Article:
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Today the tour guide that once knocked on my door to ask what the sign ‘Jerusalem gården’ meant and saw my art, asked: “Tomorrow I have to take a group of cancer patients from the Hadassah organization through Yemin Moshe. Could I possibly have them come in for a moment for a rest, and could you maybe speak to them?” I agreed, and now it has become a tradition. Last Shabbath was amazing in terms of unexpected events. Someone had advised the three-year initiative of “Houses from Within,” an annual Jerusalem open house, to ask me open our home between 3 to 6 pm. After our synagogue attendance, by mid-day, people were already lining up and by the time it was dark we estimated that around 2000 Israelis had been through the house, with some waiting in line for two hours; the line extended all the way down to the Music Center by the Windmill. Of all the 96 different places taking part in the open house day, ours was the only one in Yemin Moshe. Volunteers were even sent from Tel Aviv to guard the door and let a maximum 60 people in at a time to hear me tell about the house and my life here every 15 min. Again, just as when the special Israeli Defense Force units of officers keep coming throughout the past three years, I have a sense of: “For this I have come!”
The Israeli evening show on lifestyle and property, after the news on channel 10, broadcast a feature on our home as a promotion of the Jerusalem Open House week-end. They apparently chose us and one other out of 96 historical places. Why us? Because of the personalities involved, they said! The English News had also featured our home the Friday afternoon before. Again the favor and recognition feels like a warm stroke of love and gives even a home much purpose. The hostess interviewing me in Hebrew accepted my Yvrit al ha panim, my Hebrew ‘on the face’, and when I use the Hebrew/Arabic slang ‘kmo habla’ I always get a laugh. She asked me: “Did you know when leaving Sweden that you would have a museum in Jerusalem?”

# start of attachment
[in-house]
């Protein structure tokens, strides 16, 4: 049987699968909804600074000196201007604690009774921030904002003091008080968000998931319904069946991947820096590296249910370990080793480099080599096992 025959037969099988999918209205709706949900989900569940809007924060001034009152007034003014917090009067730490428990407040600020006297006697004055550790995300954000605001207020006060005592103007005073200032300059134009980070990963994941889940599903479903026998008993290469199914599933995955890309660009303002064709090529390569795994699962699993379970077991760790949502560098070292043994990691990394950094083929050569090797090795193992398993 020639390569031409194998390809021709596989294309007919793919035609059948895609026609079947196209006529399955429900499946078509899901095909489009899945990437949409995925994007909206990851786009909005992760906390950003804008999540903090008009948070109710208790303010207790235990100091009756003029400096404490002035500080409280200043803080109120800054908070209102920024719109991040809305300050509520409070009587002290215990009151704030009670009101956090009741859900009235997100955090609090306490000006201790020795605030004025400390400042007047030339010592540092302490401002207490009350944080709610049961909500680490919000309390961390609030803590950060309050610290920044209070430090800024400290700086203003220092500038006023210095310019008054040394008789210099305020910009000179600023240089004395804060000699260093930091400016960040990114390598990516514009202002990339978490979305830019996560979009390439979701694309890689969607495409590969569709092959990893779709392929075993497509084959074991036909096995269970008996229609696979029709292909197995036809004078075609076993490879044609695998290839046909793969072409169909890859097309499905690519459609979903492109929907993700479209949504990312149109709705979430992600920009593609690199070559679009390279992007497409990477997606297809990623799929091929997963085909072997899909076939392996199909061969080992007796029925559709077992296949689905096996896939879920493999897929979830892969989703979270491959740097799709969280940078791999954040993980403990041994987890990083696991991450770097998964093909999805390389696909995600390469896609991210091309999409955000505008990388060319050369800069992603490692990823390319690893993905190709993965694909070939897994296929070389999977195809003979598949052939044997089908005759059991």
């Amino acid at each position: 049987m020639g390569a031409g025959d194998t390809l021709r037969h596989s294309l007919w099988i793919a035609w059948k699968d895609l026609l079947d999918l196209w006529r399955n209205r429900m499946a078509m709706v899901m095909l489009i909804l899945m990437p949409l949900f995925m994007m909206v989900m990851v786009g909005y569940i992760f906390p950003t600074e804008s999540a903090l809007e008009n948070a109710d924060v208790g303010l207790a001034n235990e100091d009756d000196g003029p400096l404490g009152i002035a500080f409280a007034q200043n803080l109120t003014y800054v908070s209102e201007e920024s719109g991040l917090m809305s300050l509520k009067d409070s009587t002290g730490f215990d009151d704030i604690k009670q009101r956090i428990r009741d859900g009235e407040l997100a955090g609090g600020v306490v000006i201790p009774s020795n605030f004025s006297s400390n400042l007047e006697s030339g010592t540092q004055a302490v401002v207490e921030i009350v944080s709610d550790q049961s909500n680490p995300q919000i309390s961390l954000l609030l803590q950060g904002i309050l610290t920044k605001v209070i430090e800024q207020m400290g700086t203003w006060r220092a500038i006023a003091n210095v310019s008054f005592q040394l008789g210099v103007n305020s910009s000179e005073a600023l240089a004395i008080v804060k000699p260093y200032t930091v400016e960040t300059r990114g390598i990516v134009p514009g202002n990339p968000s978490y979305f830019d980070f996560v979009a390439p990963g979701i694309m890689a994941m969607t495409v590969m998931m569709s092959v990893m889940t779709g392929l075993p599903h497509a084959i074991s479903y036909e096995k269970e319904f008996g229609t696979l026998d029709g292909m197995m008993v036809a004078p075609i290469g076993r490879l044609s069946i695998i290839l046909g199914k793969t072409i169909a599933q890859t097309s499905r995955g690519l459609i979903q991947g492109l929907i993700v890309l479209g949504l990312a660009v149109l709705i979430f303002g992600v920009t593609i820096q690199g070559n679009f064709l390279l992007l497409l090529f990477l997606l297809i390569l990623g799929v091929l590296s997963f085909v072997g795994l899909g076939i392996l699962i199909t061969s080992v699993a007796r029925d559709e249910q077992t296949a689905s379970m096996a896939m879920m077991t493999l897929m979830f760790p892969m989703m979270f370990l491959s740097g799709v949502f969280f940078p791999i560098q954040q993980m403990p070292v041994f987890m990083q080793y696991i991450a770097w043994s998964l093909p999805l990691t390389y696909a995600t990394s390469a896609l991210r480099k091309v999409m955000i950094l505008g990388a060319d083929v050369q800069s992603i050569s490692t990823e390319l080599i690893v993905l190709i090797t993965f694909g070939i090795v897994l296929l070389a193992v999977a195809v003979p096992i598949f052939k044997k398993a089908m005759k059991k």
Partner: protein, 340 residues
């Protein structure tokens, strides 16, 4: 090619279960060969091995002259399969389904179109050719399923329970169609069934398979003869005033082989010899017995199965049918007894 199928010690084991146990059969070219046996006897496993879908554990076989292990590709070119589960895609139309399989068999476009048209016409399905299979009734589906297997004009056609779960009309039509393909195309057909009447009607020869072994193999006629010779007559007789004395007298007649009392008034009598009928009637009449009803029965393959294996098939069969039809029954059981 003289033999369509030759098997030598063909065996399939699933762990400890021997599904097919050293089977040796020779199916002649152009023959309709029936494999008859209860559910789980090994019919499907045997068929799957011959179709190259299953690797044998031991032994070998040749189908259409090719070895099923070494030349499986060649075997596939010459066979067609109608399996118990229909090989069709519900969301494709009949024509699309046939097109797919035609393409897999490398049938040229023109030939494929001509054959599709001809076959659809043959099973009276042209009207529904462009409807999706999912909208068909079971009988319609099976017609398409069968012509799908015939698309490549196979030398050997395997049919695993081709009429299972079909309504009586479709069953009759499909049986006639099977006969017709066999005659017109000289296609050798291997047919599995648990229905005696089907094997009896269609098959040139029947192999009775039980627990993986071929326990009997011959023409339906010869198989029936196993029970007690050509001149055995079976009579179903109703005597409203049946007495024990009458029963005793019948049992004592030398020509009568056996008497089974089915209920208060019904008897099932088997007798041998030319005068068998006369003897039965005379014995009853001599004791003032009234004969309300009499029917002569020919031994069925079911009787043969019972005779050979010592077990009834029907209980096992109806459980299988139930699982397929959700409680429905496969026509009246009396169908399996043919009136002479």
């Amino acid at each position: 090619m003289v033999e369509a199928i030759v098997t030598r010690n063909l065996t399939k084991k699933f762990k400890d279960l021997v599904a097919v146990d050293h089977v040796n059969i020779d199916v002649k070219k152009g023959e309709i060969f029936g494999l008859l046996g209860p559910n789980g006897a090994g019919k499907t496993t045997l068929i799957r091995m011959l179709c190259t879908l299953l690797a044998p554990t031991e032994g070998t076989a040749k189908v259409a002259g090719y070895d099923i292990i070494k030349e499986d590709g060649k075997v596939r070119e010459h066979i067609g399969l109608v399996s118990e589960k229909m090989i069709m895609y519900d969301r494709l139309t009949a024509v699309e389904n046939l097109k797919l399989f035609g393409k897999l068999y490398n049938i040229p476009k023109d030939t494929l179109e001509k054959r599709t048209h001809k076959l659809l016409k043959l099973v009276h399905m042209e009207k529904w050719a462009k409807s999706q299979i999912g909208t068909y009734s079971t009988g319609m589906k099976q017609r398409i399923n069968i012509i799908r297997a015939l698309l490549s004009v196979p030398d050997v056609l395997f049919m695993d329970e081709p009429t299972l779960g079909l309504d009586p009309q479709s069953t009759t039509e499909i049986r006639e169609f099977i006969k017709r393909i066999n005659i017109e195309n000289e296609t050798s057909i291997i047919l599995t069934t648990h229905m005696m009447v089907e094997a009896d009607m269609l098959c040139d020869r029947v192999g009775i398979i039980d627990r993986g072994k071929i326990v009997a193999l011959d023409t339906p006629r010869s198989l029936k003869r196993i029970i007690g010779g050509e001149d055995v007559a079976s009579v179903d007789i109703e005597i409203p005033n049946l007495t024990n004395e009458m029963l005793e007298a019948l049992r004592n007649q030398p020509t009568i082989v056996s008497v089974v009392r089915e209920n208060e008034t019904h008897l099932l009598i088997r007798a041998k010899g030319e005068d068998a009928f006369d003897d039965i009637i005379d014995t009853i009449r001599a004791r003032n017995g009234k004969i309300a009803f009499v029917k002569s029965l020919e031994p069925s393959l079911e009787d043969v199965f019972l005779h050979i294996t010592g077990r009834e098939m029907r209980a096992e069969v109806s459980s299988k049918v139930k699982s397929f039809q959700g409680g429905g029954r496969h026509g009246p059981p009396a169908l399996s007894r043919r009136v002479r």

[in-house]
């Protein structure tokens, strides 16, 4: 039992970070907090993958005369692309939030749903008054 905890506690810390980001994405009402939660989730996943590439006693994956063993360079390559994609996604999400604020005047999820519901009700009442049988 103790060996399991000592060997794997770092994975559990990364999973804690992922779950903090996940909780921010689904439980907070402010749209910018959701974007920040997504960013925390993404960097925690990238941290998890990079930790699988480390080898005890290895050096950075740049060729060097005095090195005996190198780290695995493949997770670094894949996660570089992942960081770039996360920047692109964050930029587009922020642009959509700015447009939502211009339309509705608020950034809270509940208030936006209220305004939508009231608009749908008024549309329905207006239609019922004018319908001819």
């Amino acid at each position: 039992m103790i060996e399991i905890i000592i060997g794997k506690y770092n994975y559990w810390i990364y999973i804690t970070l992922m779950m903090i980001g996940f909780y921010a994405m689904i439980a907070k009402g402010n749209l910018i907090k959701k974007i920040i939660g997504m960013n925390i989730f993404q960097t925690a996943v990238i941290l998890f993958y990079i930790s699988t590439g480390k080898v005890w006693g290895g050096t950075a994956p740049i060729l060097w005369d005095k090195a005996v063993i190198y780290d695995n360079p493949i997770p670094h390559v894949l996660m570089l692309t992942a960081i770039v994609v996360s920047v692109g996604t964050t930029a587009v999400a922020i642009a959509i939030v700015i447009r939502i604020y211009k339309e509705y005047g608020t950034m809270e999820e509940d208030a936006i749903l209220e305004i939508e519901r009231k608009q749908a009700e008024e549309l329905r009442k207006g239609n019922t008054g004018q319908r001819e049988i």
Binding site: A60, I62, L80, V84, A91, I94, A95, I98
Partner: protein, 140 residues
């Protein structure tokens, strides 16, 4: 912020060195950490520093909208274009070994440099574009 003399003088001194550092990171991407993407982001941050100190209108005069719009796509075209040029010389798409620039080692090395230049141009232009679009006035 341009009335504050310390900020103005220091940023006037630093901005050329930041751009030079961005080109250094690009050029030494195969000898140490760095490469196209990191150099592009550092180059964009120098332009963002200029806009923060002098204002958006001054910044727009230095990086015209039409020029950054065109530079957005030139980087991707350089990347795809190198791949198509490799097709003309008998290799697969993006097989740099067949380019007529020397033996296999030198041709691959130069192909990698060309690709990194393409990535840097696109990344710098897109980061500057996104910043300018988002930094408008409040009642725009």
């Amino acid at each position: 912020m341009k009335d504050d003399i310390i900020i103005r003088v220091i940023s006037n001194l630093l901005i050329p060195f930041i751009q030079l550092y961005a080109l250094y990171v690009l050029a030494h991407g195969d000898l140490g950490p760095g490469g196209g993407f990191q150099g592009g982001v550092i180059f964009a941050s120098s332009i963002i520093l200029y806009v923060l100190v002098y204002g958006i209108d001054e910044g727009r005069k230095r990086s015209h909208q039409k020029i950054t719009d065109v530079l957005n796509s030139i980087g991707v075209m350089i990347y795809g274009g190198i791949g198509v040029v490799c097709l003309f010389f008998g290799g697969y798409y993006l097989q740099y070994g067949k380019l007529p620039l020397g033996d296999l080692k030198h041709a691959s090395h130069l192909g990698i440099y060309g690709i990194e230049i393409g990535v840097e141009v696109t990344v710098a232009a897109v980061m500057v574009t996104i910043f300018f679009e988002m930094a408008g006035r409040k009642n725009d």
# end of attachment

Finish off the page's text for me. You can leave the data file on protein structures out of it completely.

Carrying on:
“My friend Birgitta Yavari-Ilan is one of the most interesting souls in Jerusalem.
Her home is like an embassy of hope, an oasis of truth for intellectuals, doubters and wayfarers. In fact, Birgitta’s home in the colourful artists’ colony of Yemin Moshe’, the oldest Jerusalem neighbourhood outside of the ancient city walls, is as fascinating as her personality. Filled with romantic artwork and memorabilia of her Swedish ancestry and Jewish connections, her home never ceases to vibrate with conversations of all nationalities. Some of the kindest words I have ever heared in Jerusalem has come from her. Her artwork is both arresting and intriguing, deeply beautiful and poetic.
Christine Darg, Jerusalem/UK